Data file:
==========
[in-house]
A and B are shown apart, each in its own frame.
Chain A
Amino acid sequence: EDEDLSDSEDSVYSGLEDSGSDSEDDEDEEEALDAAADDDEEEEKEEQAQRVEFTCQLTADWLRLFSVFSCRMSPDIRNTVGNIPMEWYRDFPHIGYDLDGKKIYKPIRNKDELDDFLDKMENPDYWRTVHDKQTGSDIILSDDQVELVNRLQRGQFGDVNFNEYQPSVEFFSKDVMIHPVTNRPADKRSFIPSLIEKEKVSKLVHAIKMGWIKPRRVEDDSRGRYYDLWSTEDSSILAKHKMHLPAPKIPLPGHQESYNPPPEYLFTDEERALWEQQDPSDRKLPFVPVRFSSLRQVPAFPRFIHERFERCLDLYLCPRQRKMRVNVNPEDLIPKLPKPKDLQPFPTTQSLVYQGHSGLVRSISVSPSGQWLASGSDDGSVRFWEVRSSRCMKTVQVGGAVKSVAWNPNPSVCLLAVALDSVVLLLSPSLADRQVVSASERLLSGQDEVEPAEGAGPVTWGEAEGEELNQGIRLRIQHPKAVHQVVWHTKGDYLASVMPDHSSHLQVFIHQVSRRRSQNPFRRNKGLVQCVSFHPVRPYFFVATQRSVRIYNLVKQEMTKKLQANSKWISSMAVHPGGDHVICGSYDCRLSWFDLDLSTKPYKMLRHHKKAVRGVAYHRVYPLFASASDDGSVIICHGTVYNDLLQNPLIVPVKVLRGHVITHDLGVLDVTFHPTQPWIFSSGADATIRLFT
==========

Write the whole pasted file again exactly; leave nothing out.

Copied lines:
[in-house]
A and B are shown apart, each in its own frame.
Chain A
Amino acid sequence: EDEDLSDSEDSVYSGLEDSGSDSEDDEDEEEALDAAADDDEEEEKEEQAQRVEFTCQLTADWLRLFSVFSCRMSPDIRNTVGNIPMEWYRDFPHIGYDLDGKKIYKPIRNKDELDDFLDKMENPDYWRTVHDKQTGSDIILSDDQVELVNRLQRGQFGDVNFNEYQPSVEFFSKDVMIHPVTNRPADKRSFIPSLIEKEKVSKLVHAIKMGWIKPRRVEDDSRGRYYDLWSTEDSSILAKHKMHLPAPKIPLPGHQESYNPPPEYLFTDEERALWEQQDPSDRKLPFVPVRFSSLRQVPAFPRFIHERFERCLDLYLCPRQRKMRVNVNPEDLIPKLPKPKDLQPFPTTQSLVYQGHSGLVRSISVSPSGQWLASGSDDGSVRFWEVRSSRCMKTVQVGGAVKSVAWNPNPSVCLLAVALDSVVLLLSPSLADRQVVSASERLLSGQDEVEPAEGAGPVTWGEAEGEELNQGIRLRIQHPKAVHQVVWHTKGDYLASVMPDHSSHLQVFIHQVSRRRSQNPFRRNKGLVQCVSFHPVRPYFFVATQRSVRIYNLVKQEMTKKLQANSKWISSMAVHPGGDHVICGSYDCRLSWFDLDLSTKPYKMLRHHKKAVRGVAYHRVYPLFASASDDGSVIICHGTVYNDLLQNPLIVPVKVLRGHVITHDLGVLDVTFHPTQPWIFSSGADATIRLFT